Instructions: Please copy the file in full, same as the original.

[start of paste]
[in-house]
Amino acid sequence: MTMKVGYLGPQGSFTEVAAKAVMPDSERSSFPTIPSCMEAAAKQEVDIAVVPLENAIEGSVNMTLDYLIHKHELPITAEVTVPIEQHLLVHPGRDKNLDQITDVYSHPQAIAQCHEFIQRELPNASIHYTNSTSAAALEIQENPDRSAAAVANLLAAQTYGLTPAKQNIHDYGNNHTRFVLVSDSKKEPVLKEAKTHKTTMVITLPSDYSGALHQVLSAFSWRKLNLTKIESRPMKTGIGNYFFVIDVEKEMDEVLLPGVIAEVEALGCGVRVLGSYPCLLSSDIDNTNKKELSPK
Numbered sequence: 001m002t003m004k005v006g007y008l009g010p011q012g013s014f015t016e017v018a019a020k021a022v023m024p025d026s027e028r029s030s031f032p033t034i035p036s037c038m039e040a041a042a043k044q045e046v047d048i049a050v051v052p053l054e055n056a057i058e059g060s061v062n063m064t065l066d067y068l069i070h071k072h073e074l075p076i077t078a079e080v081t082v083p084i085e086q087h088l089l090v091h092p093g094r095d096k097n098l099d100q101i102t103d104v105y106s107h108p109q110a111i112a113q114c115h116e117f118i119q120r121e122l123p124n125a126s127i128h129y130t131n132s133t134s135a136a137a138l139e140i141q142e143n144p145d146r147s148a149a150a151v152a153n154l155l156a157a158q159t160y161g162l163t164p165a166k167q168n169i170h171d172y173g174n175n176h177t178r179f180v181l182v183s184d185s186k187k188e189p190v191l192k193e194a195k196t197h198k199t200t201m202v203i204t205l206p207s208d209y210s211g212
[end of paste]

[in-house]
Amino acid sequence: MTMKVGYLGPQGSFTEVAAKAVMPDSERSSFPTIPSCMEAAAKQEVDIAVVPLENAIEGSVNMTLDYLIHKHELPITAEVTVPIEQHLLVHPGRDKNLDQITDVYSHPQAIAQCHEFIQRELPNASIHYTNSTSAAALEIQENPDRSAAAVANLLAAQTYGLTPAKQNIHDYGNNHTRFVLVSDSKKEPVLKEAKTHKTTMVITLPSDYSGALHQVLSAFSWRKLNLTKIESRPMKTGIGNYFFVIDVEKEMDEVLLPGVIAEVEALGCGVRVLGSYPCLLSSDIDNTNKKELSPK
Numbered sequence: 001m002t003m004k005v006g007y008l009g010p011q012g013s014f015t016e017v018a019a020k021a022v023m024p025d026s027e028r029s030s031f032p033t034i035p036s037c038m039e040a041a042a043k044q045e046v047d048i049a050v051v052p053l054e055n056a057i058e059g060s061v062n063m064t065l066d067y068l069i070h071k072h073e074l075p076i077t078a079e080v081t082v083p084i085e086q087h088l089l090v091h092p093g094r095d096k097n098l099d100q101i102t103d104v105y106s107h108p109q110a111i112a113q114c115h116e117f118i119q120r121e122l123p124n125a126s127i128h129y130t131n132s133t134s135a136a137a138l139e140i141q142e143n144p145d146r147s148a149a150a151v152a153n154l155l156a157a158q159t160y161g162l163t164p165a166k167q168n169i170h171d172y173g174n175n176h177t178r179f180v181l182v183s184d185s186k187k188e189p190v191l192k193e194a195k196t197h198k199t200t201m202v203i204t205l206p207s208d209y210s211g212